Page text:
The One Point of Contact, Small Shop Approach

Traditional methods of contacting troubled borrowers - face-to-face and by telephone - remain the best strategies for servicers striving to improve the trial-to-permanent loan modification ratio.

But many servicers might be missing the point, an expert said.

Wade Comeaux, president of Fay Financial headquartered in Chicago, IL, a specialty subservicer created in 2008 to service distressed properties, attended various sessions at the Mortgage Bankers Association's National Servicing Conference in San Diego. He finds that while emphasis on technology, understanding FICO deterioration and negative equity in the home is very important, "at the end of the day, you also have to have a person on the phone that has the savvy and the expertise to help that borrower make the best decision." Unlike traditional servicers, Fay Financial provides each borrower with just one point of contact that handles a maximum of 250 customers, compared with 2,000 customers per representative at larger subservicing shops. And that has generated results.

The company prevented from going through foreclosure 82% of the loans that were already 120-plus days past due when they took them over from the prior servicer. Six months after modifying a borrower's monthly payment, only 4.9% were 60 or more days delinquent, compared to the industry average of 40.8% (OCC and OTS Mortgage Metrics Report, September 2009).

While the debate over when and how to choose a third-party specialty servicer remains open, in Mr. Comeaux's view many servicing shops are not even aware of the fact that they are being stagnant and prey of the old collectors mentality so staff requirements are not updated to respond to market demand today.

Often it is a tough call since employees who may have been an asset for a traditional shop may not be up for the task in today's marketplace, he said. "A lot of those people are lower-educated people who can really just handle one part of the job."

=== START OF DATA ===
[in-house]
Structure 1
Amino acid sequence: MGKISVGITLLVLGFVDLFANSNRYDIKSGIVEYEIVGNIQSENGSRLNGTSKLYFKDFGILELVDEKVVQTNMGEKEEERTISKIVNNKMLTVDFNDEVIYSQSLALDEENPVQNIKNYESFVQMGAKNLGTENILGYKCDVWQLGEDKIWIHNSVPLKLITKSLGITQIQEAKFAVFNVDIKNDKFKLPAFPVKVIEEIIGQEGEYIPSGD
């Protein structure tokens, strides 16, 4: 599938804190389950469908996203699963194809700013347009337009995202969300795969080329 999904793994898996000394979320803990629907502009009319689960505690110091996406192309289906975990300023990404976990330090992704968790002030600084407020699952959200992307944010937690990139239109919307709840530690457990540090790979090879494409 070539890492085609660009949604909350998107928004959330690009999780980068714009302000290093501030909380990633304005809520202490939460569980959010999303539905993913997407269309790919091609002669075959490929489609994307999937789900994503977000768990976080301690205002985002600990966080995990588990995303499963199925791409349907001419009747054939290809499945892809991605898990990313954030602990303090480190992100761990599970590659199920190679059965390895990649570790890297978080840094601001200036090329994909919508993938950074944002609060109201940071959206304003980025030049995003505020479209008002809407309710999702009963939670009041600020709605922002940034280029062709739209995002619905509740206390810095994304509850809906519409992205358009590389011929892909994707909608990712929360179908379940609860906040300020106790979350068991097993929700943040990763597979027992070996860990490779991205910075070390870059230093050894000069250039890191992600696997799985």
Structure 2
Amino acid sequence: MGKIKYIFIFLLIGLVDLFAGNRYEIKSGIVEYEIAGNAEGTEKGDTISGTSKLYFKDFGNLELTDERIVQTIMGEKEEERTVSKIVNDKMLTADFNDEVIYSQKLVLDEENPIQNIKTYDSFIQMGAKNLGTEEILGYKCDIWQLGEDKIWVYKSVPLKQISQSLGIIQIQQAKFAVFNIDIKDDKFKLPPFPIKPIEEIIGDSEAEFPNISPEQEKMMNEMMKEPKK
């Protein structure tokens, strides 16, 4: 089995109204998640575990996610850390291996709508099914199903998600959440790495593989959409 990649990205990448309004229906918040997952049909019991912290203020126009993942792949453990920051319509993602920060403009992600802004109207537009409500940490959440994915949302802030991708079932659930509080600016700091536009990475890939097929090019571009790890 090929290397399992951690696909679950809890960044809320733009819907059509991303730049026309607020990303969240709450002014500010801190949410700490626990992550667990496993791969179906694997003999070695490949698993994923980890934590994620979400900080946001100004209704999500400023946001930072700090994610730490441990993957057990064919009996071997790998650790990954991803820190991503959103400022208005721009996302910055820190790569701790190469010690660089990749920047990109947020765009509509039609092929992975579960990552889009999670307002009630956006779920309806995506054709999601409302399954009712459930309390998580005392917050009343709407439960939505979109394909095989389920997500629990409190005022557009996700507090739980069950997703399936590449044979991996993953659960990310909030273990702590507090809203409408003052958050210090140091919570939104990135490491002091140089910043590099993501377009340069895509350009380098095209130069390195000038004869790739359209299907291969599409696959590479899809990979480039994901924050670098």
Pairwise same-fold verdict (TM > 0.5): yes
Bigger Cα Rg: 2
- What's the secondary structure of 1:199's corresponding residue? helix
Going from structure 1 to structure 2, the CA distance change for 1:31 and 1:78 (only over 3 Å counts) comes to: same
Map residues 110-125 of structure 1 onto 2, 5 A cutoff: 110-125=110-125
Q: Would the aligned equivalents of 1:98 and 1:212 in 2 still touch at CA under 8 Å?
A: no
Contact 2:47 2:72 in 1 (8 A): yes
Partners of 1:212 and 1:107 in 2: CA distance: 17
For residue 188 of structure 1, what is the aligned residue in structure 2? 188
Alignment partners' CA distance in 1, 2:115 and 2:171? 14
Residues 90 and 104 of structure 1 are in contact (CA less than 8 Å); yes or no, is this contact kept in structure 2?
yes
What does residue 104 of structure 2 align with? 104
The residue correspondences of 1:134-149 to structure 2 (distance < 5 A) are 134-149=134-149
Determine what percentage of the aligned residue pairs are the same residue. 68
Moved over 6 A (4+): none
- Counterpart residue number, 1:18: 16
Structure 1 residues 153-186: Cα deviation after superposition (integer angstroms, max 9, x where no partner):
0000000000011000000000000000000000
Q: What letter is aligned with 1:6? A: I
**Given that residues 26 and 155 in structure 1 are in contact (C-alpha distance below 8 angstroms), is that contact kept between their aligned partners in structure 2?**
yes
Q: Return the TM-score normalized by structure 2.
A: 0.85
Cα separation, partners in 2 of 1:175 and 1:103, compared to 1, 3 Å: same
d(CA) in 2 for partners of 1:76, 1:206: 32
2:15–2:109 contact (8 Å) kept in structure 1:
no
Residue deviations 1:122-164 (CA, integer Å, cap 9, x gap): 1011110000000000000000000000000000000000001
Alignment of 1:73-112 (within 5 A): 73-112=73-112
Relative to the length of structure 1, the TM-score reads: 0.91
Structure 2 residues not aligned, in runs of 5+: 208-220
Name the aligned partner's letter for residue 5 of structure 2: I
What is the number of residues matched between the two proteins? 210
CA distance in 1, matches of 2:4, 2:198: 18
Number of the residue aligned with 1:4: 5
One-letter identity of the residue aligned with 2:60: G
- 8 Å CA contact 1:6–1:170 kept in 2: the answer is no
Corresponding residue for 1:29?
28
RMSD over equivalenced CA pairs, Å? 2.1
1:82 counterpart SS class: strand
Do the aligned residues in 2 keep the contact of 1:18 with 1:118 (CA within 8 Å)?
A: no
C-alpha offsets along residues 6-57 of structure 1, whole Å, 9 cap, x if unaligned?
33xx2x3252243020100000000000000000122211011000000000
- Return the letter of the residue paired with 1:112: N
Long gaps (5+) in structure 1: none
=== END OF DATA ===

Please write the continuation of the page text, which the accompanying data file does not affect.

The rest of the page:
And here is where smaller specialty servicers like Fay Financial come into play. He says his staff is not only 100% college educated but also has anywhere from five to eight years of mortgage market experience. "Because if you don't have someone who can make a decision and steer people down the path to resolution, then they become frustrated, and then you don't get them on the phone anymore, contact rates drop, etc."

And everyone in the servicing industry knows how hard it becomes to re-engage a dropped borrower.

Cary Sternberg, president of Excellen REO, a new full-service asset management unit of Titanium Holdings Inc., agrees that it is a problem to reckon with.

"We are experiencing that because we get in the embarrassing position of saying to the borrower, 'OK, we have been sent out by your lender to help you and here's what we're going to do.' Then we pick up the phone and call to say, 'OK, Mr. Lender.' And the person on the other end of the line says, 'Who are you? What are you calling about?'"

Fay Financial data show it has established contact with over 95% of borrowers of whom most are seriously delinquent or in foreclosure; offers solutions before delinquency occurs based on realistic affordability metrics based and a personal budget analysis of cash flow; and deals with whole loans only, not mortgage-backed securities, which eliminates risk associated with multiple investors in individual loans.